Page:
There are plastics in every ocean in the world, but the instruments and protocols for monitoring them are not built for Newfoundland, an island at one of the four corners of the world in northeastern Canada. In fact, standardized scientific field practices that require something to happen every day, at regular intervals, or at the same point in the landscape do not work in Newfoundland. Because the weather is so extreme—to the point of shifting entire rocky shorelines and disappearing waterfalls—the anomalies and novel phenomena that we are warned about in the Anthropocene happen here as a matter of course (though not predictably). This co-presentation will outline some of the place-based science techniques and stories that have emerged from doing marine plastic pollution research in an environment that undercuts the regularity, standardization, and predictability of the scientific method.
Infrastructures of Modernization
Change Islands, Newfoundland was rapidly modernized in the 1960's. New
infrastructures from power to roads introduced new conditions of
existence, only some of which are viable on a remote island. Change Islands is a place to query how being modern is, and is not, produced by means of technology.
In the 1950's the government of Newfoundland & Labrador began an ambitious project to transform this new Canadian province from an impoverished rural backwater to an industrial economy. Central to this plan was the organized movement of most of its population from isolated fishing villages to centralized settlements allowing easier access to services and infrastructures. Change Islands was one of a few villages that actively resisted this move and insisted instead on modernizing in place. Within a few years, the village was overrun with unfamiliar technologies, including electricity, telephone, television, cars, roads, and running water. These new infrastructures introduced, sometimes accidentally, sometimes purposefully, new conditions of existence. They both assumed and produced new cognitive habits, orientations to labor, experiences of time, requirements for accountability, and moral norms, many of which do not match well to the geographical and social requirements of remote, rural communities. Caught up in contradictions, Change Islands is today simultaneously experienced as a dying relic, as a cherished preserve for traditional practices, and as unrecognizably modernized. It is a place to query how the condition of being modern is, and is not, produced by means of technology.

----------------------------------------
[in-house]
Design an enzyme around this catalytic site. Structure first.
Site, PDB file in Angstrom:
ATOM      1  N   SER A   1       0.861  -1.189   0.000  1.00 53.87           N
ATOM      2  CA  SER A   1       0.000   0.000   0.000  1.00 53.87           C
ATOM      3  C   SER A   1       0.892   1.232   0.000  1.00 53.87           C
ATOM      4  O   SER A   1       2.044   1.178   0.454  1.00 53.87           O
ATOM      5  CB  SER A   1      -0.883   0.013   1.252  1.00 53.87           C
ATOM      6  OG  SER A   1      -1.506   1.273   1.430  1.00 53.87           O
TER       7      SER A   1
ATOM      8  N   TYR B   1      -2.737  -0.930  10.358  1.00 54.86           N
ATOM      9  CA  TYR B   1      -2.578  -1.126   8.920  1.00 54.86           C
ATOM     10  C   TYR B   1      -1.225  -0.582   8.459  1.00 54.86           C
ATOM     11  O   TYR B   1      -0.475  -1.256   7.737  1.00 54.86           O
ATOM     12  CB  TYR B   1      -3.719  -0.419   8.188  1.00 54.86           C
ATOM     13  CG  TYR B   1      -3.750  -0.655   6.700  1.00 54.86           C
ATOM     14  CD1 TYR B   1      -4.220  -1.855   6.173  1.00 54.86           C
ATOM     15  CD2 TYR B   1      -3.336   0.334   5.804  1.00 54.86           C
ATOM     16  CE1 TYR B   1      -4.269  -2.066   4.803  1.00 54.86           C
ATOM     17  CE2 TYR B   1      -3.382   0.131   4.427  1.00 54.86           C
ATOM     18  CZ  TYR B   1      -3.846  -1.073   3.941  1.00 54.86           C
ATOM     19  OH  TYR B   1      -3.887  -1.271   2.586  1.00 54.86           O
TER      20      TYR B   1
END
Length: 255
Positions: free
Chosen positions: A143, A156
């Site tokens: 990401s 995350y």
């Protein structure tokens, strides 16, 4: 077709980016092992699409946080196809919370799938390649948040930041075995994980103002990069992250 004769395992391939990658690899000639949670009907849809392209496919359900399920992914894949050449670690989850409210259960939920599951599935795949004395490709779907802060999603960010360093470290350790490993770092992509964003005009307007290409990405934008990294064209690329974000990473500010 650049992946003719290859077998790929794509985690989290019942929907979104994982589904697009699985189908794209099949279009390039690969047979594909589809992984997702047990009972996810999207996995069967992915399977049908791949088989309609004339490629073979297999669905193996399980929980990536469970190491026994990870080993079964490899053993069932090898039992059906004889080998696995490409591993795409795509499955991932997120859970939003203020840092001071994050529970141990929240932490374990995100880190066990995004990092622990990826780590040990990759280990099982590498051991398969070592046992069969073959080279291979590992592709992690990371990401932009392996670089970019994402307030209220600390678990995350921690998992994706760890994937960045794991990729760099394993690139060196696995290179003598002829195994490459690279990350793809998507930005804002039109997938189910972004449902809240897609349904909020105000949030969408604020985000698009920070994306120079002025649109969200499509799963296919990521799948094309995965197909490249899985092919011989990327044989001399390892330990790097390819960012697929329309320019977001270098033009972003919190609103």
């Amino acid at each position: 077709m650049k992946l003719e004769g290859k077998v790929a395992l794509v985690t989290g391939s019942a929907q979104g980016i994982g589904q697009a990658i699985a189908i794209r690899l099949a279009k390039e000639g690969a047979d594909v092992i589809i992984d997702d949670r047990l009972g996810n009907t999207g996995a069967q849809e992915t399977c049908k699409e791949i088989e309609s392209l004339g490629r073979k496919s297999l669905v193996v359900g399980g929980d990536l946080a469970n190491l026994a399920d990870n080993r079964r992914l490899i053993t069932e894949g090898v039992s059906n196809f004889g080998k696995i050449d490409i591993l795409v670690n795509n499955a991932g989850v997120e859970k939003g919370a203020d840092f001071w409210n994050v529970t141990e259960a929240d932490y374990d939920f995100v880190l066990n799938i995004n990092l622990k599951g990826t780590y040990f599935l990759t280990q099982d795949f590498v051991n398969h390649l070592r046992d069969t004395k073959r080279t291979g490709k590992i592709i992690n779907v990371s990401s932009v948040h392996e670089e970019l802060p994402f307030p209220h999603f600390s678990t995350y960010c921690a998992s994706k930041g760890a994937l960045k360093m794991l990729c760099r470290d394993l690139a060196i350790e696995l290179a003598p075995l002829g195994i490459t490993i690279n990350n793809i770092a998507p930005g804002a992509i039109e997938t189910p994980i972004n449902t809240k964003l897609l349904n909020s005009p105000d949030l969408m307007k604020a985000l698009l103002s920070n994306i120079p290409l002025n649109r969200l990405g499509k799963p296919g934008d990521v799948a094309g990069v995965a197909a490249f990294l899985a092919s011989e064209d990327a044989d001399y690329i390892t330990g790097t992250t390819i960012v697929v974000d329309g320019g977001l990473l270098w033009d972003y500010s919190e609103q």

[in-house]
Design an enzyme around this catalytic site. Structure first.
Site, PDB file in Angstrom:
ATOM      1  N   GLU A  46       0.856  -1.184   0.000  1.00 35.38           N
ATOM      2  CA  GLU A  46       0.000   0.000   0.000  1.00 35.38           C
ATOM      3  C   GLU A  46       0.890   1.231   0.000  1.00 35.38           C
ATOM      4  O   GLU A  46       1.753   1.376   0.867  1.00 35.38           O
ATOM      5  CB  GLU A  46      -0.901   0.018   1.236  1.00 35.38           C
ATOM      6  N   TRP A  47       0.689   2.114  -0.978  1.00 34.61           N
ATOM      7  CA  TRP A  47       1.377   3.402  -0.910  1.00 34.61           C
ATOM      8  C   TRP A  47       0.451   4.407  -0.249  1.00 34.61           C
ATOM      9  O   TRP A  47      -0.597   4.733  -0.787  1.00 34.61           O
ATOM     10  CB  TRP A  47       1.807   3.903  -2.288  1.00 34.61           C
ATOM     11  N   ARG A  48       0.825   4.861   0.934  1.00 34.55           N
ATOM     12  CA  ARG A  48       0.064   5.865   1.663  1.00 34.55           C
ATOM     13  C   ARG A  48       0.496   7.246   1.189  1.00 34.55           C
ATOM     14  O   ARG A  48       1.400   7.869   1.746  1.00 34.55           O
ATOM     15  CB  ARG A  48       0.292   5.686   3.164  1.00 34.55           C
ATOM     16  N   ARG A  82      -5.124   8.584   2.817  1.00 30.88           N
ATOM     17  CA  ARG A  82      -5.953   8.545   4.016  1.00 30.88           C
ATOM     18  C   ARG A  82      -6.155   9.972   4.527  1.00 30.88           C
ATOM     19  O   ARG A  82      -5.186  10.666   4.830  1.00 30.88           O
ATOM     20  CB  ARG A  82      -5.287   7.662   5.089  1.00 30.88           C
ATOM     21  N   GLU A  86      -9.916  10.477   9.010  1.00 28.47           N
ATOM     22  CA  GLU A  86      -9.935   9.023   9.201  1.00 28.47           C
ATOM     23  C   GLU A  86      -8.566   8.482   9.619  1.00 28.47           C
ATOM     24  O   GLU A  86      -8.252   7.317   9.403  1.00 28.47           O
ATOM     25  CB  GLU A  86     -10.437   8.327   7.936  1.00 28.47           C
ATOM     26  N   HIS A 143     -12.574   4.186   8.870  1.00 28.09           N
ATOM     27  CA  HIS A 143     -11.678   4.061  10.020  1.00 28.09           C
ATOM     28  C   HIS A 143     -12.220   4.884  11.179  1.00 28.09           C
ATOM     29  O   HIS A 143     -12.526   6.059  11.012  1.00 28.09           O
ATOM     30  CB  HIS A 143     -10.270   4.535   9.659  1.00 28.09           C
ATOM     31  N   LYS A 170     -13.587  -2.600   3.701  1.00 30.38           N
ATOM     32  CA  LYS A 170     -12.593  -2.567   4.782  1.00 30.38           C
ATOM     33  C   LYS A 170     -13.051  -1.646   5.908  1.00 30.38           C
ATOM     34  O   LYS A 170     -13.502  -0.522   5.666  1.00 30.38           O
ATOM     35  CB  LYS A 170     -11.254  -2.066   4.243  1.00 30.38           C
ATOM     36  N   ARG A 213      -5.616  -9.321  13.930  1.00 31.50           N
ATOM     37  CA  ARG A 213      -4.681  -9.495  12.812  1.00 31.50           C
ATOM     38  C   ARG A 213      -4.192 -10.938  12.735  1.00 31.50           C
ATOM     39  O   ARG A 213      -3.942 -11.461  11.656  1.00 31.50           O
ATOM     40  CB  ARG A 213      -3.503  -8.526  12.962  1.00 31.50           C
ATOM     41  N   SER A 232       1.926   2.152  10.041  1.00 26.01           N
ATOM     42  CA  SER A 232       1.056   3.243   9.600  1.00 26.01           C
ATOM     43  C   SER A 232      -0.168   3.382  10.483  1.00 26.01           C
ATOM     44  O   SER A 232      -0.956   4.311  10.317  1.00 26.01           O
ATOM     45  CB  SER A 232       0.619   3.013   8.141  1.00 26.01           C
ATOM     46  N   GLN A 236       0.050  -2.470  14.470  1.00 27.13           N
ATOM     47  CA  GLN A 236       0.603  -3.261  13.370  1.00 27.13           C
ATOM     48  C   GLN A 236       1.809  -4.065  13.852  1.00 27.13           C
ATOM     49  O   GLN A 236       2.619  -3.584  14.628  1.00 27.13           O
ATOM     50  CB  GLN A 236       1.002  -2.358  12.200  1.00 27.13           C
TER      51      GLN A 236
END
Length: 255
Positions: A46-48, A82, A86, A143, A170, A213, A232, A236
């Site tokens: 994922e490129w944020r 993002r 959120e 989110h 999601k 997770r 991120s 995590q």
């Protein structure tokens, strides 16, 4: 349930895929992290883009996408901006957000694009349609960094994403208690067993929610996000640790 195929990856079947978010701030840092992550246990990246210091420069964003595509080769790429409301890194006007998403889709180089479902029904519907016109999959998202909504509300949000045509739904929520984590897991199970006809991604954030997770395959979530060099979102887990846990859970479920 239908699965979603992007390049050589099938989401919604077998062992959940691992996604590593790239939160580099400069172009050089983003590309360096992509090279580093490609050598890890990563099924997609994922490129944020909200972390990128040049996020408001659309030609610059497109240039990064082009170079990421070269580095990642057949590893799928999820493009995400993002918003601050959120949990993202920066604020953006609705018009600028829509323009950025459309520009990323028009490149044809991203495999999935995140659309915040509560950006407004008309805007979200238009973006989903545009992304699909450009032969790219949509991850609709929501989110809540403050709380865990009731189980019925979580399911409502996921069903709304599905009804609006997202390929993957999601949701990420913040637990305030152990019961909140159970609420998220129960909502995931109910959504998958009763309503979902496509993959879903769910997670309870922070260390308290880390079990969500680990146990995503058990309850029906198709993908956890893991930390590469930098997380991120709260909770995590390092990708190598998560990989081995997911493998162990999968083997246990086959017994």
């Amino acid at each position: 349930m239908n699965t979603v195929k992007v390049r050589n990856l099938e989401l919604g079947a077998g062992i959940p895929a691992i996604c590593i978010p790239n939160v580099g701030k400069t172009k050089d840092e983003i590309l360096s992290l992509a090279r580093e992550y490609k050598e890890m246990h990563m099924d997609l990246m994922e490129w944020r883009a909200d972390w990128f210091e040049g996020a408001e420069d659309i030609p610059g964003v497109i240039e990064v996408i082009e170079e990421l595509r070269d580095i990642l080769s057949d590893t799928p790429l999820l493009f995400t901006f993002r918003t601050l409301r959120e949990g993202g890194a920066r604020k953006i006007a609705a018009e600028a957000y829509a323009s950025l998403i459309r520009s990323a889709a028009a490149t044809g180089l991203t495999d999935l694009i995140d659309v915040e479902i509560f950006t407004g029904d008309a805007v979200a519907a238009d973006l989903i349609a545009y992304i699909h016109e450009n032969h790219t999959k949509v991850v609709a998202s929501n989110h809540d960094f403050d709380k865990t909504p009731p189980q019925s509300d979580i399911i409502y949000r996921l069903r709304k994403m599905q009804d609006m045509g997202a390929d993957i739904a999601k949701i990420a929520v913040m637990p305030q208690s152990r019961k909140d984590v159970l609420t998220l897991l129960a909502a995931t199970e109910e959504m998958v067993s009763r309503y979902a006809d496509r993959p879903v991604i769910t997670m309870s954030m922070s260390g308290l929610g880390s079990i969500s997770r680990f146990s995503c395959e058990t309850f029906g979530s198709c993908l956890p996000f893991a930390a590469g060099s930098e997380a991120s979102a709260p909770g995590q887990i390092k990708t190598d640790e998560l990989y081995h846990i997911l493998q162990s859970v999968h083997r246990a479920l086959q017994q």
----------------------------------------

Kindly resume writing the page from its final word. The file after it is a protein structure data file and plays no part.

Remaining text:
The Electric Nemesis, tale from the Energy Islands Saga
Victor Frankenstein came to Orkney. He created a companion monster, and then abandoned her. A century later and she has been recharged by electric future-making in the islands, by smart grids and test sites. This is her tale, sensitive to the hubris of the universal and the partiality of the edge.
Victor Frankenstein came to Orkney, off the far northeast coast of Scotland. Out of hubris, he sparked islander flesh and photons into life to make a female companion for his monster, and then abandoned her in the islands.
A century later and Orkney is again the site of electric innovation: a world renown test site for wave and tide energy, a test site for smart grid infrastructure, site for an ad hoc islander made hydrogen fuel network, and with more electric cars running on micro wind turbines than anywhere else in the country. But all this is happening despite government policy, despite unreliable and limited infrastructures, which fail to imagine extreme weather, or such cutting edge places. Orkney is modern high-tech living when the hubris and partiality of 'universal' and 'ubiquitous' is made visible and untenable.
Hubris is not possible in Orkney - the figure from Frankenstein still haunts this place (and 'monsters' have always been a friend to STS). Drawing on eight years of ethnography in the islands, this presentation and conversation will share her story, her saga of electrified future-making at the edge.
This track is closed to new paper proposals.